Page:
Elizabeth's research interests include fairy tales, urban legends, ghost stories, the Gothic, horror and the uncanny, concepts of canonicity, authority, collaborative and transmedia storytelling, diaries and life writing, narratives of place, forests, mapping, festivals and cities, and the role of public engagement and creative practice in methodology and teaching.
Her work spans research, artistic practice and public engagement, with each element informing the others. For instance, her immersive theatre installation Big Teeth drew on her Leverhulme project to reimagine Red Riding Hood as a 1940s fairy tale noir, while Fairy Light linked up with the University of Leeds and the AHRC-funded Media of Mediumship project to explore photographic trickery, fake news and the nature of belief.
Meanwhile, interventions in city parks like The Secret Diary of Bloomsbury serve as practical experiments in collaborative storytelling, informing her research into contemporary folklore construction.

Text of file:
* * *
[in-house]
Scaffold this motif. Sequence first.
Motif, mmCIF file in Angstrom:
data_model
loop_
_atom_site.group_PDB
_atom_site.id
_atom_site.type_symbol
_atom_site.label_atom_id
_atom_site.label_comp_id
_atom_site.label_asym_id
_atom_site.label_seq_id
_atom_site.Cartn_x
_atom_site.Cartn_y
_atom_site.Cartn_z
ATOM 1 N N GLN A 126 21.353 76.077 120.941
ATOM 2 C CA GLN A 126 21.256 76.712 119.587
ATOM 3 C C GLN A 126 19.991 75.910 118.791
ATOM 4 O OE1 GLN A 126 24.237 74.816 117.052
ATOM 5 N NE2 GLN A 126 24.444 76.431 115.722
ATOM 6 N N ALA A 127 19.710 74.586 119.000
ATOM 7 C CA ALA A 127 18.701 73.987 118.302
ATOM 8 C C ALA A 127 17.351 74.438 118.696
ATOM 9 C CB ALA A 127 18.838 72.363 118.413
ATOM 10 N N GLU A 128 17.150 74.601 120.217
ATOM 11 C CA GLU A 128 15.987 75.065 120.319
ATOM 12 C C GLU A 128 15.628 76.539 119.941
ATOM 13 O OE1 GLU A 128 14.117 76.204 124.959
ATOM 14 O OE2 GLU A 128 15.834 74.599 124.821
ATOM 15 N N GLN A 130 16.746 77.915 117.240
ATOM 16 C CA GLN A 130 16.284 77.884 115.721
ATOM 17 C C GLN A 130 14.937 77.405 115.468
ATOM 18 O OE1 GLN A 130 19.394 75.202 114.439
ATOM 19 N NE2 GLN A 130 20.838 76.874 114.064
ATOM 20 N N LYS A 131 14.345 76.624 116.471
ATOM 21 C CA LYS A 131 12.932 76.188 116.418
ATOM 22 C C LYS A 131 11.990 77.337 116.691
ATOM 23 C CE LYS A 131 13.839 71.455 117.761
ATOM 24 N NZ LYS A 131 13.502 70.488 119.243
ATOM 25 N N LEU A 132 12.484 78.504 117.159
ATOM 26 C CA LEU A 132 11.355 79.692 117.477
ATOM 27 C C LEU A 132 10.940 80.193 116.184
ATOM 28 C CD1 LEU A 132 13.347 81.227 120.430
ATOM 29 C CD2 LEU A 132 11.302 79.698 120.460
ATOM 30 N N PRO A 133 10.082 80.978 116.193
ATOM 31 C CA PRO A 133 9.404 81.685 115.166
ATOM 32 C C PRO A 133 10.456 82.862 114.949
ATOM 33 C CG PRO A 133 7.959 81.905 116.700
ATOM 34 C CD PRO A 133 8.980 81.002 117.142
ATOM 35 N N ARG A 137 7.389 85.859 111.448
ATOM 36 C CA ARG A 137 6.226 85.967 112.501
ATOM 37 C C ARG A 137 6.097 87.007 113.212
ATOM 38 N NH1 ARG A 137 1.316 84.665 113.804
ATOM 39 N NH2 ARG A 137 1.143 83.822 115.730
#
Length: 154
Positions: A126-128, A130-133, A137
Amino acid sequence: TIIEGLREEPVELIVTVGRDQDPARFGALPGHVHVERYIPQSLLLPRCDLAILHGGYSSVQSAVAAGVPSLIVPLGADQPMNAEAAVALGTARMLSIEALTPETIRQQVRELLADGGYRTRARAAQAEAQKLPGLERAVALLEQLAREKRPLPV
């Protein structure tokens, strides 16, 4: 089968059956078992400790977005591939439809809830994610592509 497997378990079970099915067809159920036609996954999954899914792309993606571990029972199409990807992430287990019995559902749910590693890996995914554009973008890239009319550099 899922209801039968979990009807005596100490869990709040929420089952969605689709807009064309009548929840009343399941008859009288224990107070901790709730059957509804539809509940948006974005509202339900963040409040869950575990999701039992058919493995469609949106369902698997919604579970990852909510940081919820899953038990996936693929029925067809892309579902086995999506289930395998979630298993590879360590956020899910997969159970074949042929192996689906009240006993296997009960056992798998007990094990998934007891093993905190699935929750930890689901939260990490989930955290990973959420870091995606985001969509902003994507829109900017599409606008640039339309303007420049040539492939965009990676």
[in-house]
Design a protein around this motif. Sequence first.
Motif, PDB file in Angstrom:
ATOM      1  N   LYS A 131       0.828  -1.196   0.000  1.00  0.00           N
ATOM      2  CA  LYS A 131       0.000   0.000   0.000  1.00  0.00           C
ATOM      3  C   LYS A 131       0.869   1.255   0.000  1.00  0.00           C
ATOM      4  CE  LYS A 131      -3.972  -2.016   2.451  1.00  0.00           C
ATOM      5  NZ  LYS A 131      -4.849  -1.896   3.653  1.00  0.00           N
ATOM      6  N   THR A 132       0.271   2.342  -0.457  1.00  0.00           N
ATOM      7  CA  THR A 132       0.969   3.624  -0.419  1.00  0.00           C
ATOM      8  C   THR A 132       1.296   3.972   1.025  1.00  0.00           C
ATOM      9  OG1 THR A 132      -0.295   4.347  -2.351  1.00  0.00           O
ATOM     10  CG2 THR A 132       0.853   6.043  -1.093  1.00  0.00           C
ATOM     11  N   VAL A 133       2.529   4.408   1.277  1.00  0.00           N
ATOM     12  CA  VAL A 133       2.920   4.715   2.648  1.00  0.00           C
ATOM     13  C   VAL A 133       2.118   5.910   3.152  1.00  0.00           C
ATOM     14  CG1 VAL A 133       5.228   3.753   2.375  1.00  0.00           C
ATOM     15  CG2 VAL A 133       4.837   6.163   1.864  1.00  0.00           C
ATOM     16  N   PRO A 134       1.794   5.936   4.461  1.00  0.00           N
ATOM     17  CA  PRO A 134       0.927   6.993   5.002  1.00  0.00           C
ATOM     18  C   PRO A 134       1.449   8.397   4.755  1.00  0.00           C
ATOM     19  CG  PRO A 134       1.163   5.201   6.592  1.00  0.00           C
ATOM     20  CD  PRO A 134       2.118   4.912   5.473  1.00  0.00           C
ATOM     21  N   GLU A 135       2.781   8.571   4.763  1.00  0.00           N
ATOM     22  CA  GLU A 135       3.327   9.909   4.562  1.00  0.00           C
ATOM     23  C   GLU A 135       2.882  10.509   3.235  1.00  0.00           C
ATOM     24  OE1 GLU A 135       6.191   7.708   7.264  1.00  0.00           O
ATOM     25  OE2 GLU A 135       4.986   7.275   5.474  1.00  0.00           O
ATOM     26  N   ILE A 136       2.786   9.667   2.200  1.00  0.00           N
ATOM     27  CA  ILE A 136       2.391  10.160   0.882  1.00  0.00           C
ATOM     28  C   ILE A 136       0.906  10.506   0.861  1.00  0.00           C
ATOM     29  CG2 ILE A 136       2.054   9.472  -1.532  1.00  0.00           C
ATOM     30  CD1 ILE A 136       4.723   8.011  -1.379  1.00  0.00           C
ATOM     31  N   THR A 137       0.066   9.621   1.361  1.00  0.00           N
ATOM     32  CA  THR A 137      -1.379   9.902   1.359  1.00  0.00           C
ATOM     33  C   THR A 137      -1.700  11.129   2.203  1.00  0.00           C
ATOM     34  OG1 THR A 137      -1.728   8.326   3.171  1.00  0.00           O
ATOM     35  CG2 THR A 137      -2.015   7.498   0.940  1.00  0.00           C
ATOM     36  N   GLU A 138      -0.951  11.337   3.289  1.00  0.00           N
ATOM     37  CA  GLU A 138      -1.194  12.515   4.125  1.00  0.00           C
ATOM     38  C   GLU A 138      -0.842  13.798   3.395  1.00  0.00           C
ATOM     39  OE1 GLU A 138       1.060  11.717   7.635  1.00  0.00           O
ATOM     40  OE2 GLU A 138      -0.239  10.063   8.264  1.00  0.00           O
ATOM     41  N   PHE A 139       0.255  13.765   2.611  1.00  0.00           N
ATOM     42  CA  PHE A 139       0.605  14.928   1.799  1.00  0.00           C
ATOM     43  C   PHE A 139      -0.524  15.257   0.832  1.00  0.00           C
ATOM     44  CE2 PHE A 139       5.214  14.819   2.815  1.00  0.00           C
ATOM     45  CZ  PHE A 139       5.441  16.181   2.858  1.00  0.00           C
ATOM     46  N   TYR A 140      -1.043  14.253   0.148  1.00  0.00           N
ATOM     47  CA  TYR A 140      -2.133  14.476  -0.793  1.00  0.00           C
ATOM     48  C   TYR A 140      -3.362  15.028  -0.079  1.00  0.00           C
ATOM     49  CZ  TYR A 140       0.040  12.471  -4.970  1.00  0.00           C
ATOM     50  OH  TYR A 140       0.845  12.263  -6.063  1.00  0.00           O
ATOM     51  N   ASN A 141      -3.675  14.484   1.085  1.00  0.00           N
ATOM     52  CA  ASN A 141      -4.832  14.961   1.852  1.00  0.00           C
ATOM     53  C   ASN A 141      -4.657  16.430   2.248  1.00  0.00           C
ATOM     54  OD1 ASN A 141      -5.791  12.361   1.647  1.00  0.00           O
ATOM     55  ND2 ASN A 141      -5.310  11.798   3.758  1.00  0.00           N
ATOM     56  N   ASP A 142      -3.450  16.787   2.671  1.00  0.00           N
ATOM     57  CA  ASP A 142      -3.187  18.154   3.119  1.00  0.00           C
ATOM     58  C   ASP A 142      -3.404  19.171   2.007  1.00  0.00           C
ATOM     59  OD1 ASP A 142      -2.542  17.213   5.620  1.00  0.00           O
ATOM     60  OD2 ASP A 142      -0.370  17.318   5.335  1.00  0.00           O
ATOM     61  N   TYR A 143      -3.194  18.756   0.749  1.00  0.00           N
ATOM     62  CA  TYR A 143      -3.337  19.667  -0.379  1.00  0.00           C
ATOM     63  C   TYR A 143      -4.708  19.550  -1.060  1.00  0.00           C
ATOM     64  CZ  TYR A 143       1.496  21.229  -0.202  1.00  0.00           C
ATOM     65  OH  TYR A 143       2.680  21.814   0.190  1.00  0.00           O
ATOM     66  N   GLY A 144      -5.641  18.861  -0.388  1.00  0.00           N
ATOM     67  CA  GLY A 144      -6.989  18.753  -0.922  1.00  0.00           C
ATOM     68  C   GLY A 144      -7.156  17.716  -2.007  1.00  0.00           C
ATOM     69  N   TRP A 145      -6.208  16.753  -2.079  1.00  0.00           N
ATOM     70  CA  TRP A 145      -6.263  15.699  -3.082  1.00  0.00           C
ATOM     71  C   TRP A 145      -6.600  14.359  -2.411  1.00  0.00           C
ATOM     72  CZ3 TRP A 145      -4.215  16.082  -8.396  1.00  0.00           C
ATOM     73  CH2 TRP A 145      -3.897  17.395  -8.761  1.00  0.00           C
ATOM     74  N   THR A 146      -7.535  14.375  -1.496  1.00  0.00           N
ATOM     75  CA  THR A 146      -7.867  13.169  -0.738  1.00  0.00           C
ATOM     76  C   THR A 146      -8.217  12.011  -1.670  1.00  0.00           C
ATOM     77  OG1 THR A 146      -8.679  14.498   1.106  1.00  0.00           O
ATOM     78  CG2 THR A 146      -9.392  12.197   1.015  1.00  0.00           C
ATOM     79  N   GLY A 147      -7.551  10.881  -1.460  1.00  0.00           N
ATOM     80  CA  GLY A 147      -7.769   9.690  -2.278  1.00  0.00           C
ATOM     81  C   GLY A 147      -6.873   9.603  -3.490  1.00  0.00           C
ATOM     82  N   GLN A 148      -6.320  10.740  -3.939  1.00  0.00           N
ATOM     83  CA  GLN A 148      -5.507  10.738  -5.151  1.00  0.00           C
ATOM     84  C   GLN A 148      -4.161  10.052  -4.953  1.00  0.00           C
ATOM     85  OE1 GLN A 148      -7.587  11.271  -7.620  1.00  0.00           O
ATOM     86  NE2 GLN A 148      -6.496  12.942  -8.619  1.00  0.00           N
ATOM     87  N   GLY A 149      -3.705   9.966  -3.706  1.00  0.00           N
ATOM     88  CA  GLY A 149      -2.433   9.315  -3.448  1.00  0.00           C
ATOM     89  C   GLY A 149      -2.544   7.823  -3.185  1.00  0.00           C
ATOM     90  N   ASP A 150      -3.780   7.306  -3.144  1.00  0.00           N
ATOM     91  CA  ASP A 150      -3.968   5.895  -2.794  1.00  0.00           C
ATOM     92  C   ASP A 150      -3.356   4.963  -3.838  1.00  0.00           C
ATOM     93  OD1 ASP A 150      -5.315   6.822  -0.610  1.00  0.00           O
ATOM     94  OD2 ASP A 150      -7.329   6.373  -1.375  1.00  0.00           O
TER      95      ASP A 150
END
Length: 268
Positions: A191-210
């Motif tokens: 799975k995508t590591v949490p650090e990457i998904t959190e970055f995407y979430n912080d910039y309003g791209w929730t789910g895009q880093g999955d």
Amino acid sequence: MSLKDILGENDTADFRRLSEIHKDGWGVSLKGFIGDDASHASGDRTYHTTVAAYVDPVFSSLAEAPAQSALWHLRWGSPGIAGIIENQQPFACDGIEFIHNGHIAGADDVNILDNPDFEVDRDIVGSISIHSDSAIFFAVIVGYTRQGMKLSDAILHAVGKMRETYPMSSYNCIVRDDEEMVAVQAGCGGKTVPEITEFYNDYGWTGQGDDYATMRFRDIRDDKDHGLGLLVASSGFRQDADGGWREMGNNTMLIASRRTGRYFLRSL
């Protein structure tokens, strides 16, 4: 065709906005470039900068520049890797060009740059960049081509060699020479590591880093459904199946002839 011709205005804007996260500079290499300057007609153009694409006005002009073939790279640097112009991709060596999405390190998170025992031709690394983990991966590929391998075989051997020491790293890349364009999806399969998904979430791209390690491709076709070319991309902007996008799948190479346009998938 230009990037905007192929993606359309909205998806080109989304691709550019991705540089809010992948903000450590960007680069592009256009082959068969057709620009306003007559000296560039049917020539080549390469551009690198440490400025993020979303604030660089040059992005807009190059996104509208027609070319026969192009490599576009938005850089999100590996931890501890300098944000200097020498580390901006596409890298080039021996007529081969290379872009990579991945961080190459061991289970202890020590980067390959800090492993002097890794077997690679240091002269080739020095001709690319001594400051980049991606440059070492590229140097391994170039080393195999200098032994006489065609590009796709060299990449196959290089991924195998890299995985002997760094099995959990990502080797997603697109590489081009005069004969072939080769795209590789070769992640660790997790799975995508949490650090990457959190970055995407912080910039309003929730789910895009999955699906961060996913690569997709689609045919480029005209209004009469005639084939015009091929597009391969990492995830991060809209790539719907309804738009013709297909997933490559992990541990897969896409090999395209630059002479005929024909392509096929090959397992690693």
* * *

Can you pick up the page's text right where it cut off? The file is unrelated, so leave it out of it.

Some of her past and present projects can be found below (for her installations see here).
Co-founder of international research group bringing together artists and researchers to explore fairy tales
AHRC-funded interdisciplinary project examining what we read and why
Discover the hidden histories of Fleet Street
Follow the trail to a secret suffragette tea party!
'As we step out of the house on a fine evening between four and six, we shed the self our friends know us by'
Everyone has a secret, a story they've never told anyone. What's yours?
UCL Museums and Skewbald Theatre project engaging summer school students with museum objects
If statues could talk, what stories would they tell?
Leverhulme Early Career Fellowship mapping the evolution of three fantastical tales